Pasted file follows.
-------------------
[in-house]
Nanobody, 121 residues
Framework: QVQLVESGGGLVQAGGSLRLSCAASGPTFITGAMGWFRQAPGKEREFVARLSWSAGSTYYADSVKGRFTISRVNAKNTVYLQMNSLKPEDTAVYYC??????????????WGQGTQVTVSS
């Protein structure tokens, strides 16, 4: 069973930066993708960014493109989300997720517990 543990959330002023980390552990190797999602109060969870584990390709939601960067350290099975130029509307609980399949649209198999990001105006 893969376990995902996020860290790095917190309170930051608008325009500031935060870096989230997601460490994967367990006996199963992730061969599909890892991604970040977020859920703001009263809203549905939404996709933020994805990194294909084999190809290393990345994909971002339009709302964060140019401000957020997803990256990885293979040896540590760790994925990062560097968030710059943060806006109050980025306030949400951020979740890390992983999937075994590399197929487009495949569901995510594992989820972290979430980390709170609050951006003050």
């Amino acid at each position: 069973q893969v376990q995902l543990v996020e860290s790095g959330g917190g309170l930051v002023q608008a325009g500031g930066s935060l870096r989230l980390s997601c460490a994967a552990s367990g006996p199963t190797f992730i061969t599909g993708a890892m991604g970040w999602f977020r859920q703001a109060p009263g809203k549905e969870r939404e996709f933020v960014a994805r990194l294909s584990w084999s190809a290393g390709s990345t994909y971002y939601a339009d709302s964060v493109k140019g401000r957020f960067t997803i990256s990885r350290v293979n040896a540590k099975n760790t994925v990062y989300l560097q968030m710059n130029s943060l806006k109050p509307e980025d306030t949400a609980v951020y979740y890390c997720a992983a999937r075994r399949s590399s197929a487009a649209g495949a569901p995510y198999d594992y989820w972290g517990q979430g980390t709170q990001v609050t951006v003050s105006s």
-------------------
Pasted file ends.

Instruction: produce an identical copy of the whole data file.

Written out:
[in-house]
Nanobody, 121 residues
Framework: QVQLVESGGGLVQAGGSLRLSCAASGPTFITGAMGWFRQAPGKEREFVARLSWSAGSTYYADSVKGRFTISRVNAKNTVYLQMNSLKPEDTAVYYC??????????????WGQGTQVTVSS
């Protein structure tokens, strides 16, 4: 069973930066993708960014493109989300997720517990 543990959330002023980390552990190797999602109060969870584990390709939601960067350290099975130029509307609980399949649209198999990001105006 893969376990995902996020860290790095917190309170930051608008325009500031935060870096989230997601460490994967367990006996199963992730061969599909890892991604970040977020859920703001009263809203549905939404996709933020994805990194294909084999190809290393990345994909971002339009709302964060140019401000957020997803990256990885293979040896540590760790994925990062560097968030710059943060806006109050980025306030949400951020979740890390992983999937075994590399197929487009495949569901995510594992989820972290979430980390709170609050951006003050």
């Amino acid at each position: 069973q893969v376990q995902l543990v996020e860290s790095g959330g917190g309170l930051v002023q608008a325009g500031g930066s935060l870096r989230l980390s997601c460490a994967a552990s367990g006996p199963t190797f992730i061969t599909g993708a890892m991604g970040w999602f977020r859920q703001a109060p009263g809203k549905e969870r939404e996709f933020v960014a994805r990194l294909s584990w084999s190809a290393g390709s990345t994909y971002y939601a339009d709302s964060v493109k140019g401000r957020f960067t997803i990256s990885r350290v293979n040896a540590k099975n760790t994925v990062y989300l560097q968030m710059n130029s943060l806006k109050p509307e980025d306030t949400a609980v951020y979740y890390c997720a992983a999937r075994r399949s590399s197929a487009a649209g495949a569901p995510y198999d594992y989820w972290g517990q979430g980390t709170q990001v609050t951006v003050s105006s």